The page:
But suggesting Rauner is trying to suck up to the IEA by helping CPS doesn’t track. That’s because the IEA doesn’t represent CPS teachers. A different education labor umbrella group does — the Illinois Federation of Teachers, which is affiliated with the Chicago Teachers Union.
The new funding formula, which Rauner has touted as a major success, is currently in limbo after he issued an amendatory veto this week of a clean-up bill to allow more private schools to be considered for funds from a new private school tax-credit program.
At any rate, the IEA wasn’t going to give its endorsement to Rauner, who has made weakening union influence part of his long-standing agenda. Still, Ives referred to the union as “a far left-leaning activist group intent on growing government at all costs and bankrupting the state.”
The IEA has a traditionally more Republican-friendly history. In the 2014 Republican primary, the IEA and the IFT backed Kirk Dillard’s unsuccessful bid for governor over Rauner. In the past, the IEA also has backed GOP candidates for governor including Jim Thompson, Jim Edgar and George Ryan. (Rick Pearson)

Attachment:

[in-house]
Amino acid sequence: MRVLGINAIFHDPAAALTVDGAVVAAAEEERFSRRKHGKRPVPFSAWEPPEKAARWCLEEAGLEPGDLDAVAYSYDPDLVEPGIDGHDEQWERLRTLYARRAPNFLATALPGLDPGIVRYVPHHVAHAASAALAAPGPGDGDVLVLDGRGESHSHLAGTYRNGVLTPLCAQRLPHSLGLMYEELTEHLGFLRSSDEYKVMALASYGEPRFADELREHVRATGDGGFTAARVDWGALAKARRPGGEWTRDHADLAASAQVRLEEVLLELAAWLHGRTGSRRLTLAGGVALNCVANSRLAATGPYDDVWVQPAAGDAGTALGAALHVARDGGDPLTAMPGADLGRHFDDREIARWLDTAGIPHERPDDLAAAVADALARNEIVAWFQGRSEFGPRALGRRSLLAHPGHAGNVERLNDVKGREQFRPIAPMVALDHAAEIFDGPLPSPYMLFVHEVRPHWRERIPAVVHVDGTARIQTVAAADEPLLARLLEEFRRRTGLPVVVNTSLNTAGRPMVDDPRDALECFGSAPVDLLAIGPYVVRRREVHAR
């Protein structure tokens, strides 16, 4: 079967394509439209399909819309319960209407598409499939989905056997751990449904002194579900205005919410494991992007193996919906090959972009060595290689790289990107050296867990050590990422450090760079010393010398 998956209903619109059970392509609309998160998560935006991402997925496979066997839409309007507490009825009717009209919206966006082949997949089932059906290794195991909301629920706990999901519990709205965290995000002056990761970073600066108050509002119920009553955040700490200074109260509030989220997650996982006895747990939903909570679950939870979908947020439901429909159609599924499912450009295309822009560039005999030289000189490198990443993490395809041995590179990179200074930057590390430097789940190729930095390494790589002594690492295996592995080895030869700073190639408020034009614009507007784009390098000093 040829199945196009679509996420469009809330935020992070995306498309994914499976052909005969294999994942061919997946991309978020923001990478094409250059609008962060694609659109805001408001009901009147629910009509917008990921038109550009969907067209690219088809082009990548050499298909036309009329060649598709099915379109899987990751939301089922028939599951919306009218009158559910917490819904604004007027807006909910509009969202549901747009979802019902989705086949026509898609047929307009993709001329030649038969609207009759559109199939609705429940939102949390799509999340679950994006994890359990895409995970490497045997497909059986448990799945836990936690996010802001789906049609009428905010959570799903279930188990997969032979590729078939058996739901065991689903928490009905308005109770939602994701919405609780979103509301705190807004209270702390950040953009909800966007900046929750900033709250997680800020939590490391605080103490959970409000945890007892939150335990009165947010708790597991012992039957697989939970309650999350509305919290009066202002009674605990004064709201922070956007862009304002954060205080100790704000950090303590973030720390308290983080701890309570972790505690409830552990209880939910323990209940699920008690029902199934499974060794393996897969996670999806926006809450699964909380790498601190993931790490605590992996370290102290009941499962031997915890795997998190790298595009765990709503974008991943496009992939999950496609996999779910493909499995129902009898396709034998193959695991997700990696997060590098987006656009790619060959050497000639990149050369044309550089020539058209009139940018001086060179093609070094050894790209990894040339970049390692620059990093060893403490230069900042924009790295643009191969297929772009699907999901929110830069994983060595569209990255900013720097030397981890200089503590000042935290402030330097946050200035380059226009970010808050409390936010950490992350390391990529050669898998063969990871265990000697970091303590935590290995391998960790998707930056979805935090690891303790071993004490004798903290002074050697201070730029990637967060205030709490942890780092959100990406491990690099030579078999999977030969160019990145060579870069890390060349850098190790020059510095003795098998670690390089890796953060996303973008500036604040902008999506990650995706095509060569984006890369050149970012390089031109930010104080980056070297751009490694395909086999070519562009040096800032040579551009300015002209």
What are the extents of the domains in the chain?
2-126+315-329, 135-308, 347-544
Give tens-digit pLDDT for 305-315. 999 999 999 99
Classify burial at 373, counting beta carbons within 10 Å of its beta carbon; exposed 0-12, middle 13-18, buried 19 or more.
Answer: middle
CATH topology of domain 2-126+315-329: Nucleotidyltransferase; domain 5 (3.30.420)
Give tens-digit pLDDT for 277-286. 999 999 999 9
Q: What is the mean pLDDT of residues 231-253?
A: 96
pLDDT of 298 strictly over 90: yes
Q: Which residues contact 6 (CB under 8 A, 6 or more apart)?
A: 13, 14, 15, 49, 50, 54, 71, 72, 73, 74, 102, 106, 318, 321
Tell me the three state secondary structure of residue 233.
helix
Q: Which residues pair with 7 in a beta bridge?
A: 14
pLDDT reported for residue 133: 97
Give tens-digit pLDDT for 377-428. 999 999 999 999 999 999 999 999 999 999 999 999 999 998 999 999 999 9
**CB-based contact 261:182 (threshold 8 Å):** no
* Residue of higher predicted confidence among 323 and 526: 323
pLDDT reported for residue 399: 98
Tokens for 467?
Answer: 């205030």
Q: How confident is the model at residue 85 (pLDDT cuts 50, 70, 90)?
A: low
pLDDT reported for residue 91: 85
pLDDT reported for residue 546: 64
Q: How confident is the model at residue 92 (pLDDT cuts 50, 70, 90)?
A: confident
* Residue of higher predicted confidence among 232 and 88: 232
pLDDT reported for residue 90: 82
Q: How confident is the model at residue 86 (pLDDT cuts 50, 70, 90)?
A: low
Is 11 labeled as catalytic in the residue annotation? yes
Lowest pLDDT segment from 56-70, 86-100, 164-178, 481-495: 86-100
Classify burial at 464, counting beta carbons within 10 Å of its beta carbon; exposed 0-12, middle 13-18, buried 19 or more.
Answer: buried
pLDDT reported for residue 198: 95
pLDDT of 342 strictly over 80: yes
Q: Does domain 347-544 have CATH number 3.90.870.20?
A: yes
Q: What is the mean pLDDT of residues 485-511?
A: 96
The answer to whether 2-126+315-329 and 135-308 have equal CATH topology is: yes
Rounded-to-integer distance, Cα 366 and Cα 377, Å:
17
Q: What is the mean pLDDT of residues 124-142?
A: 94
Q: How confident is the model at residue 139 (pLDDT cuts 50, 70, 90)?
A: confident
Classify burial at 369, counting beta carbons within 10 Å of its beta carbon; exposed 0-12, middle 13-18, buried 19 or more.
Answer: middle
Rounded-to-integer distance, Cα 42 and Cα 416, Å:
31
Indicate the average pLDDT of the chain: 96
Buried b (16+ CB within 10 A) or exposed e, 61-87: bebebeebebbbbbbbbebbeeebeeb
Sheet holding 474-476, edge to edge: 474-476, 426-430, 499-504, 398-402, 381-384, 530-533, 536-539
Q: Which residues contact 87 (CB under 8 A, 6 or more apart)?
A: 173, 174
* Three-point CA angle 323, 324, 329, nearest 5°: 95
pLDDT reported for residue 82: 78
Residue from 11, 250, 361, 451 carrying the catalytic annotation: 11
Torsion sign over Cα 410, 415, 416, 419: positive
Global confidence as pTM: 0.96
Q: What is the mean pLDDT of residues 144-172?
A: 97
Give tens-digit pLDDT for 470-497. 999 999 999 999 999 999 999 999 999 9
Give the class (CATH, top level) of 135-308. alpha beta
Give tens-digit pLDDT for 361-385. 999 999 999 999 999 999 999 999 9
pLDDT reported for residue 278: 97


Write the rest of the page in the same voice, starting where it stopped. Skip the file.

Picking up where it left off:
*Bipartisan capital plan for Quincy: Democratic state Sen. Tom Cullerton and Republican state Rep. David McSweeney are working on a measure that would fund improvements to the Quincy veterans home, which has been beset by cases of Legionnaires’ disease.
Cullerton, of Villa Park, filed a bill to authorize improvements that would include updates to the water systems or new construction to prevent the spread of the Legionella bacteria.
McSweeney, of Barrington Hills, is trying to build a bipartisan coalition to ensure speedy passage in the House if the bill clears the Senate, Cullerton said.
The Rauner administration’s handling of the Legionella issue at Quincy has become a recent political problem. A total of 13 people have died and more have been sickened since a 2015 outbreak. Rauner left the home Wednesday after staying at the facility for a week.
McSweeney is one of Rauner’s most outspoken Republican critics in the legislature and is backing the governor’s primary opponent, state Rep. Ives. (Rick Pearson)
*Police IG exits City Hall: Chicago’s new deputy inspector general for public safety plans to leave after just six months on the job, city officials announced Thursday.